The death’s head in the movie is presumably modeled on Amanita phalloides, called both the death cap and the death’s head mushroom. There is no doubt that this is one of the most poisonous of all known mushrooms; in fact it is probably the species involved in the majority of human deaths from mushroom poisoning. Poisoning by Amanita phalloides is characterized by a delay of between 6 and 24 hours from the time of ingestion to the onset of symptoms. During this time, the cells of the kidneys and liver are being attacked. There is no antidote. Mortality is between 10 and 15 percent. Despite what the movie says — “According to the ancient Irish druids, these are like a portal to another dimension” — there is no reason to believe that this mushroom is hallucinogenic in any way.

The movie was not hailed by critics. The Daily Mirror called it “unoriginal, dull and as scary as the adventures of Noddy.” The Guardian says it is “as boring as listening to anyone’s drug story.” The San Francisco Film Society is a little kinder: “It’s not brilliant, but sufficiently funny and creepy and freaky.” Reviews are at Rotten Tomatoes and IMDb. Here is the preview:

And, as a special treat, here is Andy Letcher, author of the book Shroom: A Cultural History of the Magic Mushroom, talking about the movie:

  • Share/Bookmark
Subscribe

6 Responses to “Shrooms”

  1. Anonymous says:

    hey this is LLB…
    you know when i was a teenager i remember having experinces like that… battleing supernatural evil and the undead and stuff… if you make it out alive you realize its just a phase, you grow out of being a target for super nautural evil… because in reality it doesnt really exist… just your dellusions are real…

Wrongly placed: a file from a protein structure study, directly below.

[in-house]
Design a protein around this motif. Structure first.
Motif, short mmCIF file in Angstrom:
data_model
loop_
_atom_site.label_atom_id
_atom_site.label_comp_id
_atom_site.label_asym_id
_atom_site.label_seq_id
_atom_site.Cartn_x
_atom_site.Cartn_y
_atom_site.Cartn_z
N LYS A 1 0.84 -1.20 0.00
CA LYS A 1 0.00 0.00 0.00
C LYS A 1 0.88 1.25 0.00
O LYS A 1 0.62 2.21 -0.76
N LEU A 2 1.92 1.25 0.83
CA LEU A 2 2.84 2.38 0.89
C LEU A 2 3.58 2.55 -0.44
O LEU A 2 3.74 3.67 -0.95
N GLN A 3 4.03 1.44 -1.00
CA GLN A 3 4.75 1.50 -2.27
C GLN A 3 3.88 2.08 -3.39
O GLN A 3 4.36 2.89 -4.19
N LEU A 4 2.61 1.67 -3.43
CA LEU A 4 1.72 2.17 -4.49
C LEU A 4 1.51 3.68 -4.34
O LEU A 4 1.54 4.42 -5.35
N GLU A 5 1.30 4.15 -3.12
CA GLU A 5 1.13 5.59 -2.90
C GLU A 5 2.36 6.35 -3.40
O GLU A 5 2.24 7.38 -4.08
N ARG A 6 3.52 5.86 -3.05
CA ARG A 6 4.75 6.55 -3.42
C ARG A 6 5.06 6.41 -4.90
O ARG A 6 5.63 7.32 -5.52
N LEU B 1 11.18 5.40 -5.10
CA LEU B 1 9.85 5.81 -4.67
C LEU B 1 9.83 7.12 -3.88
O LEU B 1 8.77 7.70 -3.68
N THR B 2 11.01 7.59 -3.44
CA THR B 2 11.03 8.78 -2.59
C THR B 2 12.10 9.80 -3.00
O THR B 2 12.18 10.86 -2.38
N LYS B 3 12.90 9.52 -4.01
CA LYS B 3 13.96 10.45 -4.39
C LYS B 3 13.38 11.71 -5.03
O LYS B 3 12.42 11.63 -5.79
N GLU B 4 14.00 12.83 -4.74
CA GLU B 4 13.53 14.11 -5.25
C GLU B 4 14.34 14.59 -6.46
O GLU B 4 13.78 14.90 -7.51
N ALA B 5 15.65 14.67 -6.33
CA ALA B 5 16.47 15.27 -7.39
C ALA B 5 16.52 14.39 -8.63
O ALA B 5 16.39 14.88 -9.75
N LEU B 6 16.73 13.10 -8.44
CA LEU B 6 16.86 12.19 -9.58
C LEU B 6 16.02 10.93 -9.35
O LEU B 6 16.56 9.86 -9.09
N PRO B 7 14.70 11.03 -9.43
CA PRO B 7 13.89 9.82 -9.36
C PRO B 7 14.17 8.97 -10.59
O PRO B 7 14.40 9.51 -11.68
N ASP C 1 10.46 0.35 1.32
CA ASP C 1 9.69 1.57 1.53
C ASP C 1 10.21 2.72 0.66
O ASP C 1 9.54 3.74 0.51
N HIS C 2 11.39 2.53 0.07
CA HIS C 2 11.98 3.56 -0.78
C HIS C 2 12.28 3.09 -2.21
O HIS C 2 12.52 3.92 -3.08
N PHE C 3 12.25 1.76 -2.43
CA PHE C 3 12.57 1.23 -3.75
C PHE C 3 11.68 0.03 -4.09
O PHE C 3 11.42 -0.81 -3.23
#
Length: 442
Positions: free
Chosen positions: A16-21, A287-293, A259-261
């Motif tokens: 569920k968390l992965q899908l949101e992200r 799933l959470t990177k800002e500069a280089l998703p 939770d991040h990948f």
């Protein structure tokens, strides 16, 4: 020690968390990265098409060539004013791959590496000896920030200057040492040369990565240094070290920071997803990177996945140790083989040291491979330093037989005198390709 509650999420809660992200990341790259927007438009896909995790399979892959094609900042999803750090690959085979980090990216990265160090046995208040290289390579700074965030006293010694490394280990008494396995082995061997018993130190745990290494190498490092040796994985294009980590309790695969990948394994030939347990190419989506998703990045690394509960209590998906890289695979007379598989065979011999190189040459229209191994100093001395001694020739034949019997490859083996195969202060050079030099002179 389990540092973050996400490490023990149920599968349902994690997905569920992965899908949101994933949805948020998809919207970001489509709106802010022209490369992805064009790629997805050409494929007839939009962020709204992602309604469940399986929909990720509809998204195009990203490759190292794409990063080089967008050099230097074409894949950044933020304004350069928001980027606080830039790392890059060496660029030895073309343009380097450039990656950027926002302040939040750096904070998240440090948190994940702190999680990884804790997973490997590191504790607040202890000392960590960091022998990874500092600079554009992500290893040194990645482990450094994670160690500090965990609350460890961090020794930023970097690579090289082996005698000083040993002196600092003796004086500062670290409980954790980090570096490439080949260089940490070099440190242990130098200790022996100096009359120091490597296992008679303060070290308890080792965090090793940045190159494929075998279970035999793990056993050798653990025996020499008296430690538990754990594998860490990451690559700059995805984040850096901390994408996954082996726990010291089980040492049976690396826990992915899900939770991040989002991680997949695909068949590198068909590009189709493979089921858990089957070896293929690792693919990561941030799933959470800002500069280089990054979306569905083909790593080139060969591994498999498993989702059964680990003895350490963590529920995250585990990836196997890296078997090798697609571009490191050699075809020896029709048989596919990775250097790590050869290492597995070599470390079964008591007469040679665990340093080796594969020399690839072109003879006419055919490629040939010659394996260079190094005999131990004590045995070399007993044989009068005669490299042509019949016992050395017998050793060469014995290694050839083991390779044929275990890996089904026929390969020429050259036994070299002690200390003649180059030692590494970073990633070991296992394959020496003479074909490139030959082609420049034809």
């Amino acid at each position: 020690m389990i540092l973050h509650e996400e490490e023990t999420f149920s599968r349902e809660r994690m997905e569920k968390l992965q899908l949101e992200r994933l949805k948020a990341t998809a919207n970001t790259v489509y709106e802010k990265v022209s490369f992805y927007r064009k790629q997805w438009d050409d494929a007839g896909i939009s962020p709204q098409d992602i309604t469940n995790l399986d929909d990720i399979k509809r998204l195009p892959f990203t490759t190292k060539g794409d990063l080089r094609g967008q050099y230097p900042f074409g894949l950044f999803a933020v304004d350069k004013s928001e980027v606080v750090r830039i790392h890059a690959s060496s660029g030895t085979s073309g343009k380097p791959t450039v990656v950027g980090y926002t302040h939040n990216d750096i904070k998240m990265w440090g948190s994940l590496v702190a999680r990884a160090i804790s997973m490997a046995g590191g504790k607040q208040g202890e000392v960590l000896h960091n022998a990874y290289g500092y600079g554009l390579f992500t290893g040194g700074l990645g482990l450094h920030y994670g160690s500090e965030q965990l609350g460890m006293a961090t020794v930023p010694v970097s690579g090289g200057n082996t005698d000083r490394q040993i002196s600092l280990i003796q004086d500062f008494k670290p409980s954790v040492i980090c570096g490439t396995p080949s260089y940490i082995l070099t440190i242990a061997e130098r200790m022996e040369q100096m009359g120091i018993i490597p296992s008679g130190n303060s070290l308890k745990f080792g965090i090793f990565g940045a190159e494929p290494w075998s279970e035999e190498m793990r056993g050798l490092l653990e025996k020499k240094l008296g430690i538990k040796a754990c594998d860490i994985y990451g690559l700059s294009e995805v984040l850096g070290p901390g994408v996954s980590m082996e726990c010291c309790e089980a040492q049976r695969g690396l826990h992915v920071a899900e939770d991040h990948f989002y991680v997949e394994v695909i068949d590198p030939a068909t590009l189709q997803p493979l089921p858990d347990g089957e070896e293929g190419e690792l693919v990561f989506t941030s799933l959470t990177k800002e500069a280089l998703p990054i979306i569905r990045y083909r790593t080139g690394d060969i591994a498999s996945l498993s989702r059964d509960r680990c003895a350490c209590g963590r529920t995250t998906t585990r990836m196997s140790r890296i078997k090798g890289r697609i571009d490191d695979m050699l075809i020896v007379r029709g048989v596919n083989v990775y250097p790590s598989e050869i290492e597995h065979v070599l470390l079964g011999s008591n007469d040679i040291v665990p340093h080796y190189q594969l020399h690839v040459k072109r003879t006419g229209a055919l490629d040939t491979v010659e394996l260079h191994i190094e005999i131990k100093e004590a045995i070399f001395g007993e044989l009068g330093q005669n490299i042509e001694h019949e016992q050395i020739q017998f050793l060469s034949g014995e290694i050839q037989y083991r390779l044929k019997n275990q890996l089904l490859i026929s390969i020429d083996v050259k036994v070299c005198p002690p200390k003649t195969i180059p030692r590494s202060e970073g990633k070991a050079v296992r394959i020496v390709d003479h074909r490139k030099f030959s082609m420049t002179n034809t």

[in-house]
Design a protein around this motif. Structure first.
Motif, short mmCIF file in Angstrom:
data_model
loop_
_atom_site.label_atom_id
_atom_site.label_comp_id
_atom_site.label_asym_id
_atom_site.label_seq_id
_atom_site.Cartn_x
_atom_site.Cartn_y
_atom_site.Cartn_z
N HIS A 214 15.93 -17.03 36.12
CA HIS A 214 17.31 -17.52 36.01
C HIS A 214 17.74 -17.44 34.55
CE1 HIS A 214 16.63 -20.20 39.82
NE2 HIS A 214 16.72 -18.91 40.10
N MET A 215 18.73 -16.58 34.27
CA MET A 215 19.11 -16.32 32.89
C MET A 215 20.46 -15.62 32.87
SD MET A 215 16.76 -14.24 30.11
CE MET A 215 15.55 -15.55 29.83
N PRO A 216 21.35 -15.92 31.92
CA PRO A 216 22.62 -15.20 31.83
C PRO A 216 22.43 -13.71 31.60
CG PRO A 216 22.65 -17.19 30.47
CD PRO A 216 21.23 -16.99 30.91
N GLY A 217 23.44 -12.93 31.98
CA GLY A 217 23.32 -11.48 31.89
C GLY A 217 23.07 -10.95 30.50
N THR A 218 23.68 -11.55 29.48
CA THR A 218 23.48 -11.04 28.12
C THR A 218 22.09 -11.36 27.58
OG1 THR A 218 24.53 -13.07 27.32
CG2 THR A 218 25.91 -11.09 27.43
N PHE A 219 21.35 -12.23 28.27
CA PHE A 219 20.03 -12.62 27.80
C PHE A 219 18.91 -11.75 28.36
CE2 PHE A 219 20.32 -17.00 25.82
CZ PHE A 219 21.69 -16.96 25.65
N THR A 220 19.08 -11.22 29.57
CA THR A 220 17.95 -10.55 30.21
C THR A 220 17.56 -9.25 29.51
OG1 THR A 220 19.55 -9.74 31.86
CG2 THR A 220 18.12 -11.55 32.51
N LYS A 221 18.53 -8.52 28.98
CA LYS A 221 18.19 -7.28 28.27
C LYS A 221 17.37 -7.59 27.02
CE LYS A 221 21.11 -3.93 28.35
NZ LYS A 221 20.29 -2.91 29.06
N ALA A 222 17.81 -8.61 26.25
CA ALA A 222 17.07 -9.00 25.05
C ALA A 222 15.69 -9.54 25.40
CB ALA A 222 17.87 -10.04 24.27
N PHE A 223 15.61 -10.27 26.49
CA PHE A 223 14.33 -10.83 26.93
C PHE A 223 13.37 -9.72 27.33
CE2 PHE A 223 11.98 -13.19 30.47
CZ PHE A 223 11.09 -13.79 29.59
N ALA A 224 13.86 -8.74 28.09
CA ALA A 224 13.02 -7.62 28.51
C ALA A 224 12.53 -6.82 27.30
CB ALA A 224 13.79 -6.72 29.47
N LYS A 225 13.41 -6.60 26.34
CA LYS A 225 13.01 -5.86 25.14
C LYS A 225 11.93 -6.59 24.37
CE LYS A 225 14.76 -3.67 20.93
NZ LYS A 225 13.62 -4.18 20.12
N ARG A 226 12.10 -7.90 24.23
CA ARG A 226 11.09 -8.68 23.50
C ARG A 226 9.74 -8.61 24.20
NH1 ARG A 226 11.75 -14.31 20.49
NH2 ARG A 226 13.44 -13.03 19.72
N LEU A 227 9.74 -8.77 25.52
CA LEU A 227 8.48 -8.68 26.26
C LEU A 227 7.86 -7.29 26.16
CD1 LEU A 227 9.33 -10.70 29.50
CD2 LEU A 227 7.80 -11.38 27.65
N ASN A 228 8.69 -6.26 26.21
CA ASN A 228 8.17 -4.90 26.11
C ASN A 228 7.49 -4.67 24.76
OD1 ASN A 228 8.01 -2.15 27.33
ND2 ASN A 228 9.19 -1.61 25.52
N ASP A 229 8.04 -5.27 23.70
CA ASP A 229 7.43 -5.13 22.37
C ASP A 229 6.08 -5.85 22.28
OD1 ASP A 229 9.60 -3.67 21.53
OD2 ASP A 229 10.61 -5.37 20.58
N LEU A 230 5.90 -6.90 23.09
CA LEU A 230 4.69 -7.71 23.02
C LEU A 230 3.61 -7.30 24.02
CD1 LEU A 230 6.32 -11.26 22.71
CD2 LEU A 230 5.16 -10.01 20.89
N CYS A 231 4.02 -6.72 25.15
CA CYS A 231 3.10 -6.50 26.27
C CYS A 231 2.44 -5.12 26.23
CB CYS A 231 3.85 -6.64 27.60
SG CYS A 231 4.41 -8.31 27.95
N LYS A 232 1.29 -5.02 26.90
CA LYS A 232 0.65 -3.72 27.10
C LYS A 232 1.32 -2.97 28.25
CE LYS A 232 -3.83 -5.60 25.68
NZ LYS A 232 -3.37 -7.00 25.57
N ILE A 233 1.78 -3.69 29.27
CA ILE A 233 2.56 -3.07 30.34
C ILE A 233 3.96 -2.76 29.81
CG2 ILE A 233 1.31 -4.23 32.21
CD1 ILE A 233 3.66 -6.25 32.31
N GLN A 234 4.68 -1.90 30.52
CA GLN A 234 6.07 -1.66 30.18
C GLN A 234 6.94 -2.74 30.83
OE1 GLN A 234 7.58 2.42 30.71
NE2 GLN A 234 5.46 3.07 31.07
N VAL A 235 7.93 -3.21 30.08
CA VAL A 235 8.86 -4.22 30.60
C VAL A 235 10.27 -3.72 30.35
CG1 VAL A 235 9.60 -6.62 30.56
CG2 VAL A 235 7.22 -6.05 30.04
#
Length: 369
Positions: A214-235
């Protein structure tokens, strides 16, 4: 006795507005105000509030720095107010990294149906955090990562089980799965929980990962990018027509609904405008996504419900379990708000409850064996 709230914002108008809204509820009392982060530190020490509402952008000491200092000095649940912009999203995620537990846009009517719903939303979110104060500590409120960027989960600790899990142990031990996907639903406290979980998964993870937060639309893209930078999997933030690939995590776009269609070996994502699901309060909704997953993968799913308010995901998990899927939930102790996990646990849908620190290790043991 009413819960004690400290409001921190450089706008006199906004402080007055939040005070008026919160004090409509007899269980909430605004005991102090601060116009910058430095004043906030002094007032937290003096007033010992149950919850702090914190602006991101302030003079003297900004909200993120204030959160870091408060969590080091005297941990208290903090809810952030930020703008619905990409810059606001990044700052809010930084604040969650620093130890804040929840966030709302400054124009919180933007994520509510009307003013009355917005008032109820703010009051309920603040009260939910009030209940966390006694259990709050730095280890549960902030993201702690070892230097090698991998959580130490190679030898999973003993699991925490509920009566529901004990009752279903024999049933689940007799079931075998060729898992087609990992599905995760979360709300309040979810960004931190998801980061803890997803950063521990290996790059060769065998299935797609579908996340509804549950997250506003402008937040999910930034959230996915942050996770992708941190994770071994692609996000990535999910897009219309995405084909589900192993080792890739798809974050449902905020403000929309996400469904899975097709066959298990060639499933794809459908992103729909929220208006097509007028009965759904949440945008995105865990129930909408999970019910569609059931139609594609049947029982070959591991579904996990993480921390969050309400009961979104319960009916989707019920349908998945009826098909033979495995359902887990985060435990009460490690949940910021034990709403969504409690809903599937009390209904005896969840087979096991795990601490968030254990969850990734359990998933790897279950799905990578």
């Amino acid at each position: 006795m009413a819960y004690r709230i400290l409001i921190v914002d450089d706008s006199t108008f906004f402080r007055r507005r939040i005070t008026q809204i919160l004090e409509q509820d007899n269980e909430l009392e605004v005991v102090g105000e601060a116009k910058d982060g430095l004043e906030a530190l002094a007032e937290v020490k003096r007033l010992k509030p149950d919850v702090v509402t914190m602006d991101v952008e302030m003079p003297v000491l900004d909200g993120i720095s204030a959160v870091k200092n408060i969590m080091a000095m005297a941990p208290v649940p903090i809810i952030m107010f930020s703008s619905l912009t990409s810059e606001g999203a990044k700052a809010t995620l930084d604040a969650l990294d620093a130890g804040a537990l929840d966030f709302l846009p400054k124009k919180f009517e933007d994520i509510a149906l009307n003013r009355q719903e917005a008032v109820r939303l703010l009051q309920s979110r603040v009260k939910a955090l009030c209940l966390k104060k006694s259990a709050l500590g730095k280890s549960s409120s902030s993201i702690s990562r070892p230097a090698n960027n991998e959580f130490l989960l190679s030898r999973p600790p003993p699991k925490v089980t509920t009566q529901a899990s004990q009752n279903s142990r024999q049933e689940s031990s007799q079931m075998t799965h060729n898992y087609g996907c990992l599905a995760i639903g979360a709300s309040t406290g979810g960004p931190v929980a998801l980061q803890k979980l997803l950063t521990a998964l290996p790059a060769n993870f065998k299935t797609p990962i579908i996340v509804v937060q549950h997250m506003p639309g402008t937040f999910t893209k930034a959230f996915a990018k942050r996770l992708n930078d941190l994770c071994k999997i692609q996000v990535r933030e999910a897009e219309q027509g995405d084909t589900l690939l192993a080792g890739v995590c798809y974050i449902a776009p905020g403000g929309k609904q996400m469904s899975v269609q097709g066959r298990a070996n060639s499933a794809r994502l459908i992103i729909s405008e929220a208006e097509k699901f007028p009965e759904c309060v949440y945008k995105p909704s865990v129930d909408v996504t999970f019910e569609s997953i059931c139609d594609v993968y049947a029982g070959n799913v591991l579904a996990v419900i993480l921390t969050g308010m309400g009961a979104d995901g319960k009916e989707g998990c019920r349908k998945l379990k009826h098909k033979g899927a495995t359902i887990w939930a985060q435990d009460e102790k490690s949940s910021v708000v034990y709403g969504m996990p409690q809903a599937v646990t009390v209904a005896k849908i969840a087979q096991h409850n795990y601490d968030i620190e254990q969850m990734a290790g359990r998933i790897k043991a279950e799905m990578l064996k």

this is why i think we need more leaders and guides and teachers to step up and help young people to get over these fears that are created by this cutlure… this movie is very damaging to the young people who watch it and then ingest mushrooms naively looking to get freaked out… very very potentially truamatic experinces can happen to the naive and unwise when ingesting entheogens, and this movie is going to spur that… as well as leave a skewed anxiety in peoples heads about the supernatural arena of the entheogenic experince. sad…

    your right as well as how its dangerous that they confused the deaths heads with and entheogen… this will undoubtedly motivate some people to seek these out naively and eat them to have contact with the dead… we can be happy however that these people will not be spreading their DNA any more… and each should receive their very own darwin award… amen…